“Creativity involves breaking out of established patterns in order to look at things in a different way.” — Edward de Bono
I found an interesting article about contextual decision making.
It’s “A Leader’s Framework for Decision Making,” an article in Harvard Business Review by David J. Snowden and Mary E. Boone.
The idea is about tailoring your decision making approach based on the context. You can use the Cynefin Framework to figure out which context you’re operating in, so you can choose the most effective response.
The five contexts are 1) simple, 2) complicated, 3) complex, 4) chaotic, and 5) disorder.
The key is to determine whether to categorize, analyze, probe or act.
The Characteristics of Each Type of Context
Based on Snowden and Boone, the following table summarizes the five context types in the Cynefin Framework:
|Simple||All? Every? Never? Repeating patterns and consistent events; Clear cause-and-effect relationships evident to everyone; right answer exists; Known knowns|
|Complicated||All? Every? Never?Expert diagnosis required; Cause-and-effect relationship discoverable but not immediately apparent to everyone; more than one right answer possible; Known unknowns|
|Complex||All? Every? Never? Flux and unpredictability; No right answers; emergent instructive patterns; Unknown unknowns; Many competing ideas; A need for creative and innovative approaches|
|Chaotic||All? Every? Never?High turbulence; No clear cause-and-effect relationships, so no point in looking for right answers; Unknowables; Many decisions to make and no time to think; High tensions|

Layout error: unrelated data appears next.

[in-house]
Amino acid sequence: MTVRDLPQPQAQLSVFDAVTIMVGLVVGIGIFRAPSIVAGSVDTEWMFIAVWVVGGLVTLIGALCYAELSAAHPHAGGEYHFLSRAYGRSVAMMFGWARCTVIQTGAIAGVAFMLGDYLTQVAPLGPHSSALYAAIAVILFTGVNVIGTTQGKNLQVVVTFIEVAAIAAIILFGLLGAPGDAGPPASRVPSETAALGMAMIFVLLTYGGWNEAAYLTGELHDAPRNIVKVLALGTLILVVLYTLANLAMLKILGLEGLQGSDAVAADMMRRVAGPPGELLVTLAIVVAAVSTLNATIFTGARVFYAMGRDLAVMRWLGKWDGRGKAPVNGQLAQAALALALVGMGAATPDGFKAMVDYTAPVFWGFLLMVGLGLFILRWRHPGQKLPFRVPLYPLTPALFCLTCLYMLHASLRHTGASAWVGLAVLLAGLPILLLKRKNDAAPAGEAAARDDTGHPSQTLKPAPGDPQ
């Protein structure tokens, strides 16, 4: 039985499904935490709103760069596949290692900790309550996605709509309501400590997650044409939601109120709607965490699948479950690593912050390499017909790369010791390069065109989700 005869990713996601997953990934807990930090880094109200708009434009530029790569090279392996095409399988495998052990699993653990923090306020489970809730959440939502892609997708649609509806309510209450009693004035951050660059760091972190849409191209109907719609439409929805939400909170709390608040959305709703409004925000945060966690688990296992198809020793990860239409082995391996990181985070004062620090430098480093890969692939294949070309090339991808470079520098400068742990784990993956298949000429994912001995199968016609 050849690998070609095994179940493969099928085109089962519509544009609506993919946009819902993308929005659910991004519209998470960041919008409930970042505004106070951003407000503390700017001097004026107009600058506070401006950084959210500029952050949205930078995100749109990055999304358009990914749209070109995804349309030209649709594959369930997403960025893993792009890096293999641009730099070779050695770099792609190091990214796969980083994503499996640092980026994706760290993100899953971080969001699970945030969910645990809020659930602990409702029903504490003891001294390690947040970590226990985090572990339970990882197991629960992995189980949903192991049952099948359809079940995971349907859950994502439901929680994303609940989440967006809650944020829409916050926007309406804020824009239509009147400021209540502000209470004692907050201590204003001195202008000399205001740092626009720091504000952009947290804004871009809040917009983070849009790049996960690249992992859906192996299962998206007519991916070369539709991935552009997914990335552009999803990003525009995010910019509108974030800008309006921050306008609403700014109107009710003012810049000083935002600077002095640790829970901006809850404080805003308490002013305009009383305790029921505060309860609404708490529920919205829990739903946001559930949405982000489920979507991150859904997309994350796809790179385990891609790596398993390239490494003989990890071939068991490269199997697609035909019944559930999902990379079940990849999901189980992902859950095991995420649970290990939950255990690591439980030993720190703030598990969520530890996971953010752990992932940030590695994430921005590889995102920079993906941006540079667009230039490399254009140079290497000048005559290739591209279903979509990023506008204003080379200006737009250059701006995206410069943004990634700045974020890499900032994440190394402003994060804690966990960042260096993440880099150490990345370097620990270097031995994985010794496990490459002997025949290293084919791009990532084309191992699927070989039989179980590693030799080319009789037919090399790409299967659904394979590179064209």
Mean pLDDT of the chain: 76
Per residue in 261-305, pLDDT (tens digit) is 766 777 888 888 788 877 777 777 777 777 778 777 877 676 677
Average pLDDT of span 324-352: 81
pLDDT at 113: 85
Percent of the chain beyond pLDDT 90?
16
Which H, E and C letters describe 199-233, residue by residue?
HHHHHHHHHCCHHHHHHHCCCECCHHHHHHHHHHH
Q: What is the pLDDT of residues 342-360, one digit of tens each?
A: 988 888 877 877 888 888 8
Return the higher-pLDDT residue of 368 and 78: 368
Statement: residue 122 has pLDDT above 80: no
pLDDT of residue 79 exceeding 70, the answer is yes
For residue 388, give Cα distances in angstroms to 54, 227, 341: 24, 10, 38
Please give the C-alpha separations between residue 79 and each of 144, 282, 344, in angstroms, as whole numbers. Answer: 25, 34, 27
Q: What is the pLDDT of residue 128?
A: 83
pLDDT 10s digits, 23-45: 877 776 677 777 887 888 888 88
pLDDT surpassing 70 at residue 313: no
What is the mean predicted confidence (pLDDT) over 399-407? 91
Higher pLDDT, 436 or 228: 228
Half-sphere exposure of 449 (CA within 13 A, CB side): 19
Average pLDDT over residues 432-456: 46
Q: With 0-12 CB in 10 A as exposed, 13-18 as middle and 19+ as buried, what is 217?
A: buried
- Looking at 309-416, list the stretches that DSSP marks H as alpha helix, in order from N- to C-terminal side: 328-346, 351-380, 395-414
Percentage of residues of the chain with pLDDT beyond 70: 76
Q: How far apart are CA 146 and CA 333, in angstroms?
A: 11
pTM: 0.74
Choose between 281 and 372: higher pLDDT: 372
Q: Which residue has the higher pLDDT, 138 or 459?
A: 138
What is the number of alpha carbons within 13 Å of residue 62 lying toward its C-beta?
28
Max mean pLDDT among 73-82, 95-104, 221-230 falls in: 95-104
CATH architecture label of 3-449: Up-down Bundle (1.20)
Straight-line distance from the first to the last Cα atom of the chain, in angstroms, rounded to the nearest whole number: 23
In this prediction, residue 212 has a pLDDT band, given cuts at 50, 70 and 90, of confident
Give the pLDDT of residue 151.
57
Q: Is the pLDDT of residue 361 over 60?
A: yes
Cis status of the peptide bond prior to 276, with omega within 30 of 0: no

|Disorder||All? Every? Never?This context is particularly difficult to recognize because of multiple, competing perspectives. The recommendation is to break it down into its constituent parts and assign it to one of the other four realms|
According to Snowden and Boone, simple and complicated are part of the ordered world. How to respond as a leader in simple and complicated scenarios:
- Simple – (The Domain of Best Practices) – Sense, categorize, respond; Ensure proper processes are in place; Delegate; Use best practices; Communicate in clear, direct ways; Understand that extensive interactive communication may not be necessary.
- Complicated – (The Domain of Experts) – Sense, analyze, respond; Create panels of experts; Listen to conflicting advice.
According to Snowden and Boone, complex and chaotic are part of the unordered world. How to respond as a leader in complex and chaotic scenarios:
- Complex – (The Domain of Emergence) – Probe, sense, respond; Create environments and experiments that allow patterns to emerge. Increase levels of interaction and communication. Use methods that can help generate ideas; Open up discussion: set barriers; stimulate attractors; encourage dissent and diversity; and manage starting conditions and monitor for emergence.
- Chaotic – (The Domain of Rapid Response) – Act, sense, respond; Look for what works instead of seeking right answers; Take immediate action to reestablish order (command and control); Provide clear, direct communication.
If the network has seen the pattern before, maybe it will be useful again.
Is your challenge old wine in a new bottle? Or new wine?